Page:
The inhumane terror attacks in the Middle East and some countries in the West, have cast rigid racial stereotypes on Muslims around the world. Arguably, the media has failed to clarify the position of the silent Muslim majority who firmly believe that Islam is not to blame for the actions of a minority fundamentalists who kill indiscriminately in the name of the Islamic State in Iraq and Syria (ISIS).
USA TODAY reports that Islam is a growing religion which is estimated to surpass Christianity in number of adherents by 2070. Such statistics do not imply that Islam will result in the fall of world governments and the rise of a global Caliphate. Conrad Hackett, lead demographer for Pew Research Center says this increase is mainly due to changing demographic trends around the world. Islam and Sharia law should thus not be seen as monsters that will destroy modern civilization. it is such global misunderstanding of Islam that has made people excessively afraid and blamed Islam for the rise of ISIS.
According to a 2015 survey conducted by Pew Research Center in countries with Muslim populations, the overwhelming majority had an unfavorable view of ISIS. This view generally spouts from the feeling that ISIS does not represent Islam in any way. Lebanon, for example, was (and still is) a victim of several attacks coordinated by ISIS in Beirut and other parts of this country. Therefore, the greater Lebanese populace hold a personal grudge against the extremist group which should not be linked to the peaceful Islamic religion.
The word ‘radicalization’ is also loosely used by the media today. Some media hubs have even gone as far as believing that one percent of Muslims in different countries, mainly Europe, are “at risk of radicalization” and are prone to violence. Angel Rabasa, co-author of the book Euro Jihad firmly believe that “Radicalization and violent extremism are two different [concepts],” which should not be construed to mean the other. The ISIS is a good example of violent extremism which should not be mistaken for radicalization. Failure to differentiate the two concepts has clearly justified a predisposition that Muslims, even in their small numbers, will become fundamentalists with a knack for aggression.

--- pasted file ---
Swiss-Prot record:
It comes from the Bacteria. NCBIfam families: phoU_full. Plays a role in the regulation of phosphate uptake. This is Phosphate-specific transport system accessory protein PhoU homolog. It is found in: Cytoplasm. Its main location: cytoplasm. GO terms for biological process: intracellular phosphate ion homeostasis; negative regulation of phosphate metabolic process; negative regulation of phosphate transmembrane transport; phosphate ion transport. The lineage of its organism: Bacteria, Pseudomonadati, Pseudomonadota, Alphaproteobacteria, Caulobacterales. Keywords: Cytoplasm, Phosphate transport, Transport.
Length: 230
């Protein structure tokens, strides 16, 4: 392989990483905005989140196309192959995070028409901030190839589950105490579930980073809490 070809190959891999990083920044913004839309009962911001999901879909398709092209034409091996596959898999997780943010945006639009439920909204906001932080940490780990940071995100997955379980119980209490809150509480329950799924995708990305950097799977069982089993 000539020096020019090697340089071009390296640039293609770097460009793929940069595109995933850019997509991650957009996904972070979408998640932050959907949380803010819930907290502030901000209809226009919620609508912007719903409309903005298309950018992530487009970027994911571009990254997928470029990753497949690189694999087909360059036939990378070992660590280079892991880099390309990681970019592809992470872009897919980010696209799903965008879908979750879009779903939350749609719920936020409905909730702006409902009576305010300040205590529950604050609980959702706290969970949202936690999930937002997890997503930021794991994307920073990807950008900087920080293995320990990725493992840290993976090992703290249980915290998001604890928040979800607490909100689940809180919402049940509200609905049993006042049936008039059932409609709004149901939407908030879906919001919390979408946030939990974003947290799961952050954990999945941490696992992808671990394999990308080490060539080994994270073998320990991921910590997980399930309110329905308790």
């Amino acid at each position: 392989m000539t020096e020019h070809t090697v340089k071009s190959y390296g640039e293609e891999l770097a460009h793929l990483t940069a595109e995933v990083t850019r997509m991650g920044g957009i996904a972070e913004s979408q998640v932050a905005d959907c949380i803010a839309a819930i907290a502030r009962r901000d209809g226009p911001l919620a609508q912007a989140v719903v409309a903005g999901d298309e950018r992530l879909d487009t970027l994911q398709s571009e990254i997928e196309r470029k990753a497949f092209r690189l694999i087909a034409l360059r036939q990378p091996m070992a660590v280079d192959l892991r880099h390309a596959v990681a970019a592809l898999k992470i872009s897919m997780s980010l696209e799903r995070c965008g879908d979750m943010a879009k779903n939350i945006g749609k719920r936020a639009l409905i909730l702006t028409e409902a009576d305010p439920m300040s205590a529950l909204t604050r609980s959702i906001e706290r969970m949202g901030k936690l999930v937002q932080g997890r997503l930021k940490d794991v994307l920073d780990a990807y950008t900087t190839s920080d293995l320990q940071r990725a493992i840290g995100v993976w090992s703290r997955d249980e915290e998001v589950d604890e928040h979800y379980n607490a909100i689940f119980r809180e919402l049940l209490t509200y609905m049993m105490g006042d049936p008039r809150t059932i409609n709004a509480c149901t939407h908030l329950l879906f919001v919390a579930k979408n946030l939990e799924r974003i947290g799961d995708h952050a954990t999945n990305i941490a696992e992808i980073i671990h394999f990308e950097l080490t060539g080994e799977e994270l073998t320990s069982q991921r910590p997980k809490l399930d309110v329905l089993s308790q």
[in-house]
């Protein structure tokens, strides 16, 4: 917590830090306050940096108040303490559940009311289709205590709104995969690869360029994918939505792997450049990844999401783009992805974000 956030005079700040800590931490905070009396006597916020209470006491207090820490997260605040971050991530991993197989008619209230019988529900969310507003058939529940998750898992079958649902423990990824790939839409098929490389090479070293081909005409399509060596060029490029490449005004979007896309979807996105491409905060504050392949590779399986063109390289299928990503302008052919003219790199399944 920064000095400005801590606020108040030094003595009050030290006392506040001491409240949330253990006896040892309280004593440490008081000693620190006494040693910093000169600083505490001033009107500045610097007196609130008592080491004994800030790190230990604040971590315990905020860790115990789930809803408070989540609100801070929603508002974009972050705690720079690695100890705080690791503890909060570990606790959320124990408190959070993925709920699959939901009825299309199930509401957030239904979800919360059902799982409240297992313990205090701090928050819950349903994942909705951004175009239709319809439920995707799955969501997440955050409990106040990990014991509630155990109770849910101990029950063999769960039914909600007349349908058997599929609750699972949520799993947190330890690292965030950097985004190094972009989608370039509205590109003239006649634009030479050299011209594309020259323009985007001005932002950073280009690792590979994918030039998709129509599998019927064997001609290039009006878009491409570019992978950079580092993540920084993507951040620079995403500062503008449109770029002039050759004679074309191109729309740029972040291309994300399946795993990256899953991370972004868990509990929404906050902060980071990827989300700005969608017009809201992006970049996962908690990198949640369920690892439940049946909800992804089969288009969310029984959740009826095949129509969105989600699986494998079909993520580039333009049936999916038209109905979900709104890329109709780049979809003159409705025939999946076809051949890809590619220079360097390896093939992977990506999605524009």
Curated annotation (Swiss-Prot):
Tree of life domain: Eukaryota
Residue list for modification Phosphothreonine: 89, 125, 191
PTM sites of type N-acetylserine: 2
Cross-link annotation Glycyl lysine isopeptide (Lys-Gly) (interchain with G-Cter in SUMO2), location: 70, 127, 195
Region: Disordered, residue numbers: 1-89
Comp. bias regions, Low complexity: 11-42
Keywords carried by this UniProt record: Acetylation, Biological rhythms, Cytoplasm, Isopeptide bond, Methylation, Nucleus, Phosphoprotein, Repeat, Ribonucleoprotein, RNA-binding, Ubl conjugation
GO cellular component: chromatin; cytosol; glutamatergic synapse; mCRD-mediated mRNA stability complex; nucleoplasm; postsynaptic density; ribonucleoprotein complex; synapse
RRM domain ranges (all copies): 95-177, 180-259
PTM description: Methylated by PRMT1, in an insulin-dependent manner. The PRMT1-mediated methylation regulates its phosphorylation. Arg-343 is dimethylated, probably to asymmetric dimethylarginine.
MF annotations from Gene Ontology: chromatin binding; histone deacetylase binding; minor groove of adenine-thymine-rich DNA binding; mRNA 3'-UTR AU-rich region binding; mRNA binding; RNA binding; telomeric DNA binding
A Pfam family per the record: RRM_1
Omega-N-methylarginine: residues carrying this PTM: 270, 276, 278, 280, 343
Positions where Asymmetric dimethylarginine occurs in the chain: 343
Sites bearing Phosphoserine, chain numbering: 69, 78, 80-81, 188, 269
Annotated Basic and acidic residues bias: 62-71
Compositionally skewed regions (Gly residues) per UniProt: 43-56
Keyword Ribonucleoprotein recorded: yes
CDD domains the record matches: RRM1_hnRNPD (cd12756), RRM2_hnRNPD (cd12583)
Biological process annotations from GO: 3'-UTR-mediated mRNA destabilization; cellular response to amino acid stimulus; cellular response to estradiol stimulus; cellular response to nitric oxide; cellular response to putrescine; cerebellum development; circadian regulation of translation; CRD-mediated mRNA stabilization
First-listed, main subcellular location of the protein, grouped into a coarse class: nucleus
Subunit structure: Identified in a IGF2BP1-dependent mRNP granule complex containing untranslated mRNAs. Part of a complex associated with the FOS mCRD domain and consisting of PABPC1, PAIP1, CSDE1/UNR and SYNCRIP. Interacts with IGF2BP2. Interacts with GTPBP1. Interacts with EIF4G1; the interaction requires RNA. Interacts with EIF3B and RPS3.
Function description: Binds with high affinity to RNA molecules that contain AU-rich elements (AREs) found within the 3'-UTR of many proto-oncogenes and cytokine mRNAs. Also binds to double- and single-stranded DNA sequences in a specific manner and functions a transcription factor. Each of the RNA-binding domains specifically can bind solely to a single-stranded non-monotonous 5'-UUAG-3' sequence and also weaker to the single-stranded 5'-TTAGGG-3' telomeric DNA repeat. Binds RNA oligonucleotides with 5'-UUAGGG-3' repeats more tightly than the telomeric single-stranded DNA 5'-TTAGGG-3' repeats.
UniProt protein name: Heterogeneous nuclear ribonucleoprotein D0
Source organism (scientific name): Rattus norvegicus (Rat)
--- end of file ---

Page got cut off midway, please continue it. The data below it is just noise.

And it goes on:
A lot of news reports have also resulted in the mutilation of the Arabic language. Such poor translation of the language creates a negative perception of Islam as a religion. One example is the Arabic word ‘Amir’; this word is always translated into ‘prince’. The word ‘prince’ suggests a succession in rule from father to son. The Arabic word ‘Amir’ comes from the Arabic root ‘Amr’ which translates into ‘order’. So ‘Amir’ basically means ‘he who gives orders’, and a known rule in the Arab world dictates that if three people are traveling, they should appoint an ‘Amir’.
It is also worthy to mention how the Qur’anic verses have been taken out of context. The holy Qur’an is a book of law, just like the Bible and Torah. Many still accuse Muslims of being barbaric for applying Qur’anic law but forget that a lot of these commands have become obsolete through the passage of time. The treatment of slaves was a norm 1400 years ago, but the same is not true in our modern era.
Stereotyping also adds to the growing misunderstanding of Islam. Terrorism is almost always linked to Islam. Many terrorist acts by non-Muslims are branded differently as either isolated attacks carried out by either a “deranged lone wolf” or a “radicalized citizen.” Moreover, Islamic countries are portrayed negatively as oases in deserts full of camel-riding, turban-wearing and sword-wielding jihadists.
The world will only come to terms with Islam when they better try to understand it as a peaceful religion. Muslims also have a responsibility to forward their belief and present it more powerfully through independent media sources. In the era of globalization, why are Muslims still alienated? Is it not time to actually try to comprehend Islam and realize its real message of peace?
Opinion by Mohamad Hannouf
Edited by Shepherd Mutsvara
Pewresearch.org: In Nations With Significant Muslim Populations Much Disdain for ISIS
The Christian Science Monitor: How Many Muslim Extremists Are There? Just the Facts, Please.
About news: 5 Common Arab Stereotypes in Television and Film
USA TODAY: Islam Projected to be World’s Largest Religion by 2070
Image Courtesy of Omar Chatriwala’s Flickr Page – Creative Commons License